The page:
National Reading Panel Findings
Major points from the report of the National Reading Panel: Teaching Children to Read An Evidence-Based Assessment of the Scientific Research Literature on Reading and Its Implications for Reading Instruction, 2000
PA instruction helped all types of children improve their reading, including normally developing readers, children at risk for future reading problems, disabled readers, preschoolers, kindergartners, 1st graders, children in 2nd through 6th grades (most of whom were disabled readers), children across various SES levels, and children learning to read in English as well as other languages.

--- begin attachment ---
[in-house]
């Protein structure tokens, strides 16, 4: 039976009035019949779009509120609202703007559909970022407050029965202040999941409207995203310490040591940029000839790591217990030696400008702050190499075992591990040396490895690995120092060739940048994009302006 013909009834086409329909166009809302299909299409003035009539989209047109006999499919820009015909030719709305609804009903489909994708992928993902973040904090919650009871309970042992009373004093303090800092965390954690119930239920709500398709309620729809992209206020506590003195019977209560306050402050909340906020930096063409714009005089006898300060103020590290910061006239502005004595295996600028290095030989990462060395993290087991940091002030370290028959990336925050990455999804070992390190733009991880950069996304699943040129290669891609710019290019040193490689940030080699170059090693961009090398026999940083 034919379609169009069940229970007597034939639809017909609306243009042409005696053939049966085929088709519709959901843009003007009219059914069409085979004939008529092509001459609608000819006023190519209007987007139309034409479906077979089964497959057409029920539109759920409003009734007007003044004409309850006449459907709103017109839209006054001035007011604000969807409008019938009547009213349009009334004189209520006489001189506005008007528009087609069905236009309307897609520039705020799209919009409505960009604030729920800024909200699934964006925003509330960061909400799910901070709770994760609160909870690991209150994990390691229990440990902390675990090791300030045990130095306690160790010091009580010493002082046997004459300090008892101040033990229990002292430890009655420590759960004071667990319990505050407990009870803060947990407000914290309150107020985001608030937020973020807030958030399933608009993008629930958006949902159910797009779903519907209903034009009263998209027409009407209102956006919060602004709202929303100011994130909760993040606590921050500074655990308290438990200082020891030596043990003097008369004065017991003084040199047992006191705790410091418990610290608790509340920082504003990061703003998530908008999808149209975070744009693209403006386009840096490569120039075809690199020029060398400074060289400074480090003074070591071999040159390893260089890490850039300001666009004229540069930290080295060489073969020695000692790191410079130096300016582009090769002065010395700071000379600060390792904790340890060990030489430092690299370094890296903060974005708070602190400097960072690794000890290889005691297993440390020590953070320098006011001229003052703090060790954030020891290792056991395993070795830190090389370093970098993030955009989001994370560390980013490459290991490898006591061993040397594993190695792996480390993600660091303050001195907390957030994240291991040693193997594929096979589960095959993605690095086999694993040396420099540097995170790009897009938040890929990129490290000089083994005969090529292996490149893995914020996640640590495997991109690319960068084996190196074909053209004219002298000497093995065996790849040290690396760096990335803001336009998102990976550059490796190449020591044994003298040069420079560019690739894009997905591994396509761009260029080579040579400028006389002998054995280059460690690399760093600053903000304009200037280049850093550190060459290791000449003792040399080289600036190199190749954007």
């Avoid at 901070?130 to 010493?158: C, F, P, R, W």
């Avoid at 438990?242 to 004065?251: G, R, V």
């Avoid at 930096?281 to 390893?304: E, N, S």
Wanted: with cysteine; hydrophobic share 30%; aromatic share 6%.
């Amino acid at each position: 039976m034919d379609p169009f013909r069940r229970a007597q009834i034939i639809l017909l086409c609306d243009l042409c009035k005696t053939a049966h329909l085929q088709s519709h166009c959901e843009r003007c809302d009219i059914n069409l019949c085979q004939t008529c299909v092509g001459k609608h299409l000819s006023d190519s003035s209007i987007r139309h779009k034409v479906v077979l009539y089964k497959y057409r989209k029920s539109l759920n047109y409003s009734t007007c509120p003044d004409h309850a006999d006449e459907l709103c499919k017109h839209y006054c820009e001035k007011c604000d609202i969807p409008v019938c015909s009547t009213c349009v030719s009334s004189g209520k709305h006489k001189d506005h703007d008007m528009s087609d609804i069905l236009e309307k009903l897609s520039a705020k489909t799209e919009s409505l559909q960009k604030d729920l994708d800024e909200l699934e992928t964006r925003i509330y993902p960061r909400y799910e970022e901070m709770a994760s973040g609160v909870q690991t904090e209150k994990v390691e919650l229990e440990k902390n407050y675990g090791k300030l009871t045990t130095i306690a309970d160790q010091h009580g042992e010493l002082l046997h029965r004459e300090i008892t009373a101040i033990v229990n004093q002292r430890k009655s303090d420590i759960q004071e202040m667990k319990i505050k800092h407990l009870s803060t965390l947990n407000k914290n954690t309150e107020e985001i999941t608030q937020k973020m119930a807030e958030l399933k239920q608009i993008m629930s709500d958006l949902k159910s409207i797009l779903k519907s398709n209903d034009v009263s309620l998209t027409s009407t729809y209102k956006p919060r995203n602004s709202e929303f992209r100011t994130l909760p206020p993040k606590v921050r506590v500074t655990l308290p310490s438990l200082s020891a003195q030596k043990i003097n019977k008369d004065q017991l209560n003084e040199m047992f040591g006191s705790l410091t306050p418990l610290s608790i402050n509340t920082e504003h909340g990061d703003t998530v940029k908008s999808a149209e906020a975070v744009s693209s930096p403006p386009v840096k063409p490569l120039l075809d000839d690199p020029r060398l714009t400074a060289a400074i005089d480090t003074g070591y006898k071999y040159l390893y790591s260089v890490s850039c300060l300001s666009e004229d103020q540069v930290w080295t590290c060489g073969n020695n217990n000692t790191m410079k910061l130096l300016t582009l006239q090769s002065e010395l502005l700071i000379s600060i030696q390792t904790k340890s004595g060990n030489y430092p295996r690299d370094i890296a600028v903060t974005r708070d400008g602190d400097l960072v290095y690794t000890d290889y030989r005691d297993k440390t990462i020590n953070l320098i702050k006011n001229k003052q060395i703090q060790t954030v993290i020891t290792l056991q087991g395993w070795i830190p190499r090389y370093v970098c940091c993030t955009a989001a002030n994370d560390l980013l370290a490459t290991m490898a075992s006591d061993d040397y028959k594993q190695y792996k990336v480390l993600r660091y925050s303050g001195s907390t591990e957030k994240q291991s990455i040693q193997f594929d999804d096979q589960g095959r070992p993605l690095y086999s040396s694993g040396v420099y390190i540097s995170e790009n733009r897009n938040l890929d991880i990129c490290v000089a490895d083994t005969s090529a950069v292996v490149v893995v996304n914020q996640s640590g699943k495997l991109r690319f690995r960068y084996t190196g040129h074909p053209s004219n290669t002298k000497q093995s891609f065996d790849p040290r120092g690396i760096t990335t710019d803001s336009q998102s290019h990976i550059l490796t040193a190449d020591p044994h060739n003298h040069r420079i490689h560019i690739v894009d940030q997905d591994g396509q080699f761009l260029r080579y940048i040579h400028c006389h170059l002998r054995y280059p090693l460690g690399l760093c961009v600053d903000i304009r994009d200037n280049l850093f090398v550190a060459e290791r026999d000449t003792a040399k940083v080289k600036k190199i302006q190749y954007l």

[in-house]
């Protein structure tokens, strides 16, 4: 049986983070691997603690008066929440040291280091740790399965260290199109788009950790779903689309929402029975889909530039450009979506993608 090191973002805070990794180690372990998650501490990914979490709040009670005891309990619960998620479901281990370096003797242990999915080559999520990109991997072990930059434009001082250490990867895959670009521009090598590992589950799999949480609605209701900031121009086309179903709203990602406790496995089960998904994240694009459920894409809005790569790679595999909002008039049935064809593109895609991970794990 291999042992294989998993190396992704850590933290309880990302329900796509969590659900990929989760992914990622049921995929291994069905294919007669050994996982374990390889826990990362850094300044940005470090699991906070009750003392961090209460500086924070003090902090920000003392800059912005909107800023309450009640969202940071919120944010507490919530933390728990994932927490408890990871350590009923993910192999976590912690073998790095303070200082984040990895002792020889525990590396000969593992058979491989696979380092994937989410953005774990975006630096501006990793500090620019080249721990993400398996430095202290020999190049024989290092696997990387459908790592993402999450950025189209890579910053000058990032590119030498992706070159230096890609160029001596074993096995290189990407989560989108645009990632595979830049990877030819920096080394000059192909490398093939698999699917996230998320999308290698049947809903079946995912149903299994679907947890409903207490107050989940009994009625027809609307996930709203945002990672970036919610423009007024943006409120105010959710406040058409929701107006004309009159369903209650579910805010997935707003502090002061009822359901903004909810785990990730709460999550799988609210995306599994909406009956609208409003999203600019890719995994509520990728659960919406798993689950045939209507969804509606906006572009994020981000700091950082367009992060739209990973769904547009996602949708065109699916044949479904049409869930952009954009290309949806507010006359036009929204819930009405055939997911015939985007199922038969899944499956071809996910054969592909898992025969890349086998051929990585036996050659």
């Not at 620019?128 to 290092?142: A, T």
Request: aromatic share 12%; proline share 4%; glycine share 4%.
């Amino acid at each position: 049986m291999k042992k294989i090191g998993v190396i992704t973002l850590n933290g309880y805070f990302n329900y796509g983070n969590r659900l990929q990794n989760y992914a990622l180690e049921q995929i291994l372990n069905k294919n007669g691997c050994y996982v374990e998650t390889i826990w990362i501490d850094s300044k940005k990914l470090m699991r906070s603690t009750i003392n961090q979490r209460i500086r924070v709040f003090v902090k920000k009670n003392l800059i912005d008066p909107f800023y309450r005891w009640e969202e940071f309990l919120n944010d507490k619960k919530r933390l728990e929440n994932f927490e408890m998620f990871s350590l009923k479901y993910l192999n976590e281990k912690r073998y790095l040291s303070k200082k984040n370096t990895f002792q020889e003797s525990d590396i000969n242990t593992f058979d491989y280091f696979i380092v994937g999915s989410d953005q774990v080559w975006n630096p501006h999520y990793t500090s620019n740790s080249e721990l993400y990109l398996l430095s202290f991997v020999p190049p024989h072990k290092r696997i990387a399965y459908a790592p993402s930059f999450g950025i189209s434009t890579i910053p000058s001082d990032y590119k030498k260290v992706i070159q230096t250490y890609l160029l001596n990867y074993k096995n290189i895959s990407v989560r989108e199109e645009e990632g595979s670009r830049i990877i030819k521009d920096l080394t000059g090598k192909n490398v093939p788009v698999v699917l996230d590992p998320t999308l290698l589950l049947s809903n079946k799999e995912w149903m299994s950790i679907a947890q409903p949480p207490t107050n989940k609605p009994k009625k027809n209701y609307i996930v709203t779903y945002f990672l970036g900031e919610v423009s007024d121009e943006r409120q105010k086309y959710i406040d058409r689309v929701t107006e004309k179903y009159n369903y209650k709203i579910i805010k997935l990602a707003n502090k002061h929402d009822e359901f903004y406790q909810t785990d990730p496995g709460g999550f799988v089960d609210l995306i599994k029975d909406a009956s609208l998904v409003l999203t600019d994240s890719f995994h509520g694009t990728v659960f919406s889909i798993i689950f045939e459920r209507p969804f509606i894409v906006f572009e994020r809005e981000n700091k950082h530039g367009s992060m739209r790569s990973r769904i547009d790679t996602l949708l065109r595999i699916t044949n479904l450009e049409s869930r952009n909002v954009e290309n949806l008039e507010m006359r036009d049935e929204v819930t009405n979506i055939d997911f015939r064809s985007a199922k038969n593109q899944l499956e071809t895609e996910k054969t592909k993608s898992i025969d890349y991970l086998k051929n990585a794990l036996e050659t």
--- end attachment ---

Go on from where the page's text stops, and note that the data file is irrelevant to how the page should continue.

PA was found to help most children learn to spell, and its effect lasted well beyond the training. However, PA was not effective for improving spelling in disabled readers. This is consistent with other research indicating that disabled readers have a difficult time learning to spell.
PA instruction may be [sic] most effective when children are taught to manipulate with letters, when instruction is explicitly focused on one or two types of phoneme manipulations rather than multiple types, and when children are taught in small groups.